A KC-46A Pegasus aerial refueling aircraft connects with an F-15 Strike Eagle test aircraft from Eglin Air Force Base, Florida, on Oct. 29th, 2018. (U.S. Air Force photo by Master Sgt Michael Jackson)

WASHINGTON — The Air Force is interested in a “broad” range of engines that could potentially power its upcoming tanker fleet and has begun industry outreach to assess its options, according to a request for information (RFI) released by the service Monday. 

The RFI seeks input on the capabilities of existing engines and opportunities to scale them up, as well as the potential for introducing entirely new powerplants that would power the service’s planned future refuelers known as the Next Generation Air refueling System (NGAS). Vendors should assume a program would kick off in the third quarter of fiscal year 2025, the notice says, which requests engine capabilities to be defined in three intervals — six, 10 and 15 years — from that date. 

Industry responses will “support” an analysis of alternatives (AoA) for the NGAS program, with the RFI noting that the “propulsion thrust range of interest for this RFI is broad” due to the ongoing AoA. The RFI was previously reported by Aviation Week. 

Most details of the notice are not publicly available, though the RFI does generally note characteristics sought by service officials such as “reduced runway takeoff distance” and fuel offload. Responses are due April 30, the notice says. 

After overhauling its tanker strategy last year, the Air Force in the near term is planning an interim refueler buy to continue modernizing the fleet, which would bridge the gap between the end of KC-46A deliveries currently planned for 2029 and NGAS becoming operational by the mid-2030s. Options for that approach are down to either more Boeing KC-46As or Airbus A330 MRTTs, which analysts expect Boeing to have a leg up in after Lockheed Martin bowed out of a previous partnership with Airbus.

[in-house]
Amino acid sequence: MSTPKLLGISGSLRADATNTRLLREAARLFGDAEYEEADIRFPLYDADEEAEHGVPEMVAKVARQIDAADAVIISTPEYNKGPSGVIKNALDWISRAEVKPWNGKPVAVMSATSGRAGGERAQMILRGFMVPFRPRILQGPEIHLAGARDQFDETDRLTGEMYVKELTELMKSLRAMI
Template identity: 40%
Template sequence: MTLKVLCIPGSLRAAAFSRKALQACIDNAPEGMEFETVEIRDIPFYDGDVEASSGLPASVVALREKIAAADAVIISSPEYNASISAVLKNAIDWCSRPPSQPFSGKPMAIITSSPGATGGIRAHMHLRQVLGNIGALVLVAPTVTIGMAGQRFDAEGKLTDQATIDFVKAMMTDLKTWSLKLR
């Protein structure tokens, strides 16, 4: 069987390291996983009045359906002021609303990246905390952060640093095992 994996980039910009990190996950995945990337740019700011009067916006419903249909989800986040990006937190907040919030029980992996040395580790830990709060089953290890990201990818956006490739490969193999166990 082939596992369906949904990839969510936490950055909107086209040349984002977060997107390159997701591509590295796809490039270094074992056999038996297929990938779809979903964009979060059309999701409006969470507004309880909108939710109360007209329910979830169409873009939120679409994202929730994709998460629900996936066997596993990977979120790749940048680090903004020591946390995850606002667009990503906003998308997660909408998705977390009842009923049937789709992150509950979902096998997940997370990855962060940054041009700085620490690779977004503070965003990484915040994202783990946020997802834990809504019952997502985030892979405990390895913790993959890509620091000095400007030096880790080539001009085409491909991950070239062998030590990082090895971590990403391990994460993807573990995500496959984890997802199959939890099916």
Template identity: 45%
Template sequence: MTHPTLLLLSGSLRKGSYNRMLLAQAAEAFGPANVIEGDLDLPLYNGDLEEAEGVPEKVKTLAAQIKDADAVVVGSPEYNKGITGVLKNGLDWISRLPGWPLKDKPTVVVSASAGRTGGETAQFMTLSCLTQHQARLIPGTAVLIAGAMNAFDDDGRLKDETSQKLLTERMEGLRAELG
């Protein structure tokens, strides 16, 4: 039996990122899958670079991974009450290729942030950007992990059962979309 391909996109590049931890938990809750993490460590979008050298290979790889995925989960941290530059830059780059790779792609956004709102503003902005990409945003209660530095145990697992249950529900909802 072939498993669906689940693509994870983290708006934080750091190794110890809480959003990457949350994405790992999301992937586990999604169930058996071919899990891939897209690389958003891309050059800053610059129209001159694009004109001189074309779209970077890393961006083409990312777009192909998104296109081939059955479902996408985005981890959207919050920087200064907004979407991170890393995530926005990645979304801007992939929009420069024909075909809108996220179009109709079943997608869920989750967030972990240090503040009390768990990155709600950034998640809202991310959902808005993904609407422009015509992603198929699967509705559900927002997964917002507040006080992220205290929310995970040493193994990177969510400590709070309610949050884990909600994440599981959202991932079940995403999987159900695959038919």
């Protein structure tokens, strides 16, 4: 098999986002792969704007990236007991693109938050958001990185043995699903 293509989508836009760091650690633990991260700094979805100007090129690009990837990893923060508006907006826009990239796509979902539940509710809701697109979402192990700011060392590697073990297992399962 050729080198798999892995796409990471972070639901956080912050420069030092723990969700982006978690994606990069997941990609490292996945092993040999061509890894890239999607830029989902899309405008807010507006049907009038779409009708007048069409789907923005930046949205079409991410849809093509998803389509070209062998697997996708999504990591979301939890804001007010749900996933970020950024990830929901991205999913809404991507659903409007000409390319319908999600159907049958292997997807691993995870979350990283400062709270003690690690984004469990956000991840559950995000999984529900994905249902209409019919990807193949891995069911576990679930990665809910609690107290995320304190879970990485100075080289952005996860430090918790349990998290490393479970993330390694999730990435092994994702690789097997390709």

In written testimony to the House Armed Services Seapower and Projection Forces subcommittee recently [PDF], Air Force acquisition czar Andrew Hunter said that the acquisition strategy for the interim tanker buy is expected to be determined by Q3 of FY24. The NGAS AoA is additionally expected to be completed by October, Hunter said. 

The NGAS tanker could take many shapes including entirely new, “clean-sheet” designs, service officials have said. The refueler is being designed with the vast ranges and austere environments of the Indo-Pacific in mind as well, which Air Mobility Command chief Gen. Mike Minihan has said will further require features like enhanced connectivity. 

In a February briefing with reporters, Minihan emphasized that NGAS, as well as a related effort to recapitalize the service’s airlift fleet known as Next Generation Airlift (NGAL), would not consist of singular catch-all solutions — which would theoretically open up options for different engines as well.

“It’s not one airplane. It’s a system,” Minihan said of NGAS and NGAL. “It’s not one-size-fits-all. I’m not looking to develop a fleet that has to handle every threat environment.”

“An enormous amount” of those fleets are going to look similar to aircraft today, Minihan added, but a much smaller portion will be capable of operating in “extreme threat areas” — likely alluding to characteristics like low observability that could allow a tanker to gas up jets in contested environments.

“This is about a family of things that work together, and not just ‘we picked that one airplane and it has to do everything,’” he said.